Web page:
Feliti Teo has been appointed Tuvalu's new prime minister after elections ousted a Taiwan supporter

MELBOURNE, Australia (AP) — Former Tuvalu Attorney General Feliti Teo was named prime minister of the small South Pacific nation on Monday after… Elections a month ago Overthrow of the last head of government.

Teo was the only candidate nominated by his 15 fellow lawmakers, and Governor-General Tofija Vaivalu Falani declared him elected without a vote, Secretary of Government Tofua Panaba said in a statement.

The swearing-in ceremony for Teo and his cabinet is scheduled to be held later this week.

It was not immediately clear how the new government would affect it China's influence In the country of about 11,500 people located halfway between Australia and Hawaii, although one expert said he did not expect any change in diplomatic recognition, at least in the short term.

Former Prime Minister, kosia natano, Three of his eight ministers were not re-elected in the January 26 elections.

He wanted Natano Tuvalu It remains one of only 12 countries that maintain formal diplomatic relations with Taiwan, the self-governing democratic country that China claims as its own territory.

Natanu's former finance minister, Seif Bainio, who was seen as a leadership contender, has called for a reconsideration of Tuvalu's relations with both Beijing and Taiwan.

In Beijing, Chinese Foreign Ministry spokeswoman Mao Naing urged Tuvalu to transfer its diplomatic recognition to China.

She added: “We call on a group of countries that still maintain the so-called relationship with the Taiwan region to stand on the right side of history and make the right decision that truly serves their long-term interests.”

Nauru, another Pacific island nation, has severed ties with Taiwan She sent them back with China Last month.

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A proposed security treaty between Tuvalu and Australia could be rewritten or scrapped under the new government. The treaty, announced in November last year, commits Australia to helping Tuvalu respond to major natural disasters, epidemics and military aggression.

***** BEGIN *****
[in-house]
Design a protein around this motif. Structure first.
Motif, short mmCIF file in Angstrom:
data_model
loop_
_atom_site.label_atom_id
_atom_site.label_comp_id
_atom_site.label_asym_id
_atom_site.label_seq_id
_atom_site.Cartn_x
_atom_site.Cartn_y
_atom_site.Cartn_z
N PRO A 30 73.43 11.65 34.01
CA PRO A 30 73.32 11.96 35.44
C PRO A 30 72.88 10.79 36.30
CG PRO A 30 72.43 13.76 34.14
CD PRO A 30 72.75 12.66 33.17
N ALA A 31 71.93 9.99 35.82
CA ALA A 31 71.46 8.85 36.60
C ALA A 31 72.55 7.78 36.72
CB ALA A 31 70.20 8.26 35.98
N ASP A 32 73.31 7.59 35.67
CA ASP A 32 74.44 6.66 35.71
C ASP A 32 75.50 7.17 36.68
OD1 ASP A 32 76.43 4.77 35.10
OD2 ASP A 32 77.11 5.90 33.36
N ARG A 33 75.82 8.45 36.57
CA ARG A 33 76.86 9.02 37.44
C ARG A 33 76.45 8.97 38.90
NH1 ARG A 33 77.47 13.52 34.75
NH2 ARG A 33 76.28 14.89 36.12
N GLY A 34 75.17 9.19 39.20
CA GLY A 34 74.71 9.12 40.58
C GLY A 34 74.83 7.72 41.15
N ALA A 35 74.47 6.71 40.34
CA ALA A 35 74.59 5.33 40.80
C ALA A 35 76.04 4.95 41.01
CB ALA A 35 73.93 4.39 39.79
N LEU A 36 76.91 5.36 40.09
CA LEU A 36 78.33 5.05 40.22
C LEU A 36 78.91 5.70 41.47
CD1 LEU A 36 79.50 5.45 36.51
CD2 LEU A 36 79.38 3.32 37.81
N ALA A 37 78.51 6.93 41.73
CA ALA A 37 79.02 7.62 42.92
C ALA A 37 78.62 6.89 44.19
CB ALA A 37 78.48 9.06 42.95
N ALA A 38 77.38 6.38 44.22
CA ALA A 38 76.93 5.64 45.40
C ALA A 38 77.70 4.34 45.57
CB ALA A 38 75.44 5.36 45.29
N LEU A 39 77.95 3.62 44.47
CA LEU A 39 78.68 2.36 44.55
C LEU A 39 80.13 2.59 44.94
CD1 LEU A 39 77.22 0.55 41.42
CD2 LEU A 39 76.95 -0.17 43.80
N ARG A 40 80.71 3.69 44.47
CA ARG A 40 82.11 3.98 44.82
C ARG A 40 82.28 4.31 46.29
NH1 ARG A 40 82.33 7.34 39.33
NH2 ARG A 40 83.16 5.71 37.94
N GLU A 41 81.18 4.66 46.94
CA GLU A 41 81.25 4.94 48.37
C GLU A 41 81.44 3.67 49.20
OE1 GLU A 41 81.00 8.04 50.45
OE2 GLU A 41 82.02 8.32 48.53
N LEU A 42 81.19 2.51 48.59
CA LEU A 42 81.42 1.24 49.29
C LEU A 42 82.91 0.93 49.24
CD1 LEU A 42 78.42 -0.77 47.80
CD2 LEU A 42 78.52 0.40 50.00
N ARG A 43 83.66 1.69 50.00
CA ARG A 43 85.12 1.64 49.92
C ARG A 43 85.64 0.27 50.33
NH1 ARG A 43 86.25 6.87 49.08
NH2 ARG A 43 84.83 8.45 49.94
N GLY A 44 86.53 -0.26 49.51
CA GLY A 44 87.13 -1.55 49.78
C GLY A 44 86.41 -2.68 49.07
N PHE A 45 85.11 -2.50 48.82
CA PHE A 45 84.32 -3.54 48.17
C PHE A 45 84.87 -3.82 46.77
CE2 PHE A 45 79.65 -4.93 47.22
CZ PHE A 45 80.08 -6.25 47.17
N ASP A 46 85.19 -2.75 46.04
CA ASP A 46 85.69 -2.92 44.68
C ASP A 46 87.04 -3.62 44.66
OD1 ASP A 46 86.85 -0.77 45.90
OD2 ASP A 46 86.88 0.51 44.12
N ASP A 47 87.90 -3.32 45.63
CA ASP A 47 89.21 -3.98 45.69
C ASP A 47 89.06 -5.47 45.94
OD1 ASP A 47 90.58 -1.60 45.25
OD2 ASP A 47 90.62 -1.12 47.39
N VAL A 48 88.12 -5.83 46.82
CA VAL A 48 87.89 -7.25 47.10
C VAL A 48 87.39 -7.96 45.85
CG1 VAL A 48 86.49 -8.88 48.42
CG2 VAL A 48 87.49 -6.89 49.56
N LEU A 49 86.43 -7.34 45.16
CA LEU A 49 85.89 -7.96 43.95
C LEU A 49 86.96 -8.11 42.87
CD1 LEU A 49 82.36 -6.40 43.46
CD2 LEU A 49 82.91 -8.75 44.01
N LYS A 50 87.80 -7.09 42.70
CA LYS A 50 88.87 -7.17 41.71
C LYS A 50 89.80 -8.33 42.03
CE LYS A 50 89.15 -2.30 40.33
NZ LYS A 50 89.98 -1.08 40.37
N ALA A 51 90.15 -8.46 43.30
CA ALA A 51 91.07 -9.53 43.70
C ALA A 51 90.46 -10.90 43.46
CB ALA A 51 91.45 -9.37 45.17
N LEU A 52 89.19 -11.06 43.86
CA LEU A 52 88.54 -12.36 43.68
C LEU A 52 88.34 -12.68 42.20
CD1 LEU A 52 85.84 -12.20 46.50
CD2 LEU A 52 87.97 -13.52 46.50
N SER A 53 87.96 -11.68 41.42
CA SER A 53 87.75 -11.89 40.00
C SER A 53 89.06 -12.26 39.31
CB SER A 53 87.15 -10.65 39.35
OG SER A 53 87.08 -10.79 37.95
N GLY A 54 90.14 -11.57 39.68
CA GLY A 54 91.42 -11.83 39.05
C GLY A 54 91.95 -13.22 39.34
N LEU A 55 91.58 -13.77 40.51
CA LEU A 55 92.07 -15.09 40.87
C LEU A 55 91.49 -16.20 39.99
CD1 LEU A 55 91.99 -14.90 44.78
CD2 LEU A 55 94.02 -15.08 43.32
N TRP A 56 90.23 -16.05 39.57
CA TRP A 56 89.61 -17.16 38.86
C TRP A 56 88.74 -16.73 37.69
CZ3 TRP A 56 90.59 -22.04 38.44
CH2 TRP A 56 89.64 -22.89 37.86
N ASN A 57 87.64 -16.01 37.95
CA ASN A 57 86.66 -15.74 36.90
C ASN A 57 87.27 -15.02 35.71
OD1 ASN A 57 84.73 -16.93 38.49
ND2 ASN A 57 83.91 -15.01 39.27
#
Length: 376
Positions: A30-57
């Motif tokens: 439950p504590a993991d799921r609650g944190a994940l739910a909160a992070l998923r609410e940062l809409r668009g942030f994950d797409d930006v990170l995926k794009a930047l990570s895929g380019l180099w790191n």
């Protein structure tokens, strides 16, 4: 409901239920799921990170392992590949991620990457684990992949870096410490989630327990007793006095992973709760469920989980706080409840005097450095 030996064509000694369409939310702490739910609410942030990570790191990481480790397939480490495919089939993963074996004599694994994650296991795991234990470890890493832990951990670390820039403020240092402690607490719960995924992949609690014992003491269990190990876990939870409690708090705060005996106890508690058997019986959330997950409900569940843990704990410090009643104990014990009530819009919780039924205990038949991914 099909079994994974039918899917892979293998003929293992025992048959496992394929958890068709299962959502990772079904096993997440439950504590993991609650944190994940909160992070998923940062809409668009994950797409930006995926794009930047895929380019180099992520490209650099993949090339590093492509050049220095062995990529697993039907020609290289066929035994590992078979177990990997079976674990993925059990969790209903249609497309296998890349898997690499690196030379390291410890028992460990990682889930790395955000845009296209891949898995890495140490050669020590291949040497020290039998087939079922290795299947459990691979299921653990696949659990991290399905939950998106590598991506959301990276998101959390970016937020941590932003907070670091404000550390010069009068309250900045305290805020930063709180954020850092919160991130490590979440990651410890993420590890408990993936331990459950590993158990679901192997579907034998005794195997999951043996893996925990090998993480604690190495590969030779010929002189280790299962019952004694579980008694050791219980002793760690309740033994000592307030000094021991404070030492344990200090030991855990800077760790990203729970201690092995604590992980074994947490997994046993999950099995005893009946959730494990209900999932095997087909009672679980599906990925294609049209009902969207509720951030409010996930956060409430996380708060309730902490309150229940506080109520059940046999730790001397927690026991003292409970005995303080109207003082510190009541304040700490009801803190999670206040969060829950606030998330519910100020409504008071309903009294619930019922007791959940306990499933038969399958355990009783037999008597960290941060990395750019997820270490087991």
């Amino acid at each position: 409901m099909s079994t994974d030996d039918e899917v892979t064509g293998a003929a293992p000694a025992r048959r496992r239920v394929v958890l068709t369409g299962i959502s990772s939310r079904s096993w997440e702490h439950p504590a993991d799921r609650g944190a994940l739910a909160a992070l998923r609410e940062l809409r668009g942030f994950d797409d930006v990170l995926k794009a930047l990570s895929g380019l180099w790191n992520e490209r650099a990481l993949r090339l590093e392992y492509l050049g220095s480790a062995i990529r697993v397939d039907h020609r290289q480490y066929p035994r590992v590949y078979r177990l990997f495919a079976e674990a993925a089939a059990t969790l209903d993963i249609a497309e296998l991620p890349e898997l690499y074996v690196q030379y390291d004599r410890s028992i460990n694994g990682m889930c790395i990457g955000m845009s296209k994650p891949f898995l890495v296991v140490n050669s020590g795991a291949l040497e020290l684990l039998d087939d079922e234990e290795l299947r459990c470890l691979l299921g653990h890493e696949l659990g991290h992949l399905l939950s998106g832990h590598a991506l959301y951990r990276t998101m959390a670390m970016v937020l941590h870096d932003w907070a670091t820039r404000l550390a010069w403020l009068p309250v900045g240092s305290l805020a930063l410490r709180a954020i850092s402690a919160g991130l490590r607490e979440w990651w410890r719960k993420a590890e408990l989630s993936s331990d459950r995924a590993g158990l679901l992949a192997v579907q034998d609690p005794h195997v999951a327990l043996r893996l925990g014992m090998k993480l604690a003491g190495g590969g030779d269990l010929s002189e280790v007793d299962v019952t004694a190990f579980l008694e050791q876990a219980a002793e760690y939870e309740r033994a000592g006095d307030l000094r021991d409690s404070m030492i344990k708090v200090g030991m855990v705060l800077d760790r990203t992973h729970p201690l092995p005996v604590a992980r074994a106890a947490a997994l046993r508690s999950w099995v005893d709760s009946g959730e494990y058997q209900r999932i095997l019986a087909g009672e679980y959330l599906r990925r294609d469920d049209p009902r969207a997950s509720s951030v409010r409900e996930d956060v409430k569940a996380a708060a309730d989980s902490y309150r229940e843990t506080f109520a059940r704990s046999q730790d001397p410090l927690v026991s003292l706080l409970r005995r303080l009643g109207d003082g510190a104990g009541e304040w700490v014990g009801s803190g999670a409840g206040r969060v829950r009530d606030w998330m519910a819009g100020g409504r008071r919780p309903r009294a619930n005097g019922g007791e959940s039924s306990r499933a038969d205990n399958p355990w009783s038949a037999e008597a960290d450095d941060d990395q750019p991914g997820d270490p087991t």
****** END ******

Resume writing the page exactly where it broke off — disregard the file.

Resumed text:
Australia was offered to the people of Tuvalu A lifeline to help residents escape rising sea levels and increased storms caused by climate change. Tuvalu's low-lying atolls make it particularly special Vulnerable to global warming. Australia will initially allow up to 280 people from Tuvalu to come to Australia each year.

The treaty, which has not yet been ratified, would also give Australia veto power over any security or defense agreement Tuvalu wants to conclude with any other country, including China.

Tuvalu MP Enele Sopoaga, who was prime minister until the previous election in 2019, opposes the treaty.

Australian Prime Minister Anthony Albanese mentioned the treaty when he congratulated Teo on his election.

“Australia greatly values ​​our relationship with Tuvalu, in the spirit of the Vallebele Union,” Albanese said on social media, referring to the treaty officially known as the Valebele Union between Australia and Tuvalu.

“Tuvalu can count on Australia’s support and I look forward to working with Prime Minister Teo,” Albanese added.

Before announcing Teo as prime minister, Meg Kean, director of the Pacific Islands Program at the Lowy Institute, a Sydney-based think tank, said the new government would review the treaty and “put its own stamp on it.”

“My view is that improvements can be negotiated and the deal has a good chance of moving forward,” Keane said.

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George Carter, an international politics expert at the Australian National University, said Teo had support from a majority of 10 of the 16 lawmakers within two weeks of the election.

Carter said Teo's supporters want Tuvalu to continue its ties with Taiwan and that a change of allegiances to Beijing is unlikely in the near future.

I think he will try not to upset current considerations regarding support for Taiwan at the moment. But things can change.”

Carter said Teo told his supporters that Sopoaga, the former prime minister, and Baño, the former finance minister, would be excluded from his cabinet.

The United States and China are competing for influence in the South Pacific. A U.S. Coast Guard vessel patrolled the waters around Kiribati for six days earlier this month with members of the country's maritime police, twice boarding Chinese fishing boats, the Coast Guard said last weekend. “The crew found that the ships comply with all requirements,” a statement said.


Lavallette contributed from Perth, Australia. Associated Press writer Ken Moritsugu in Beijing contributed.

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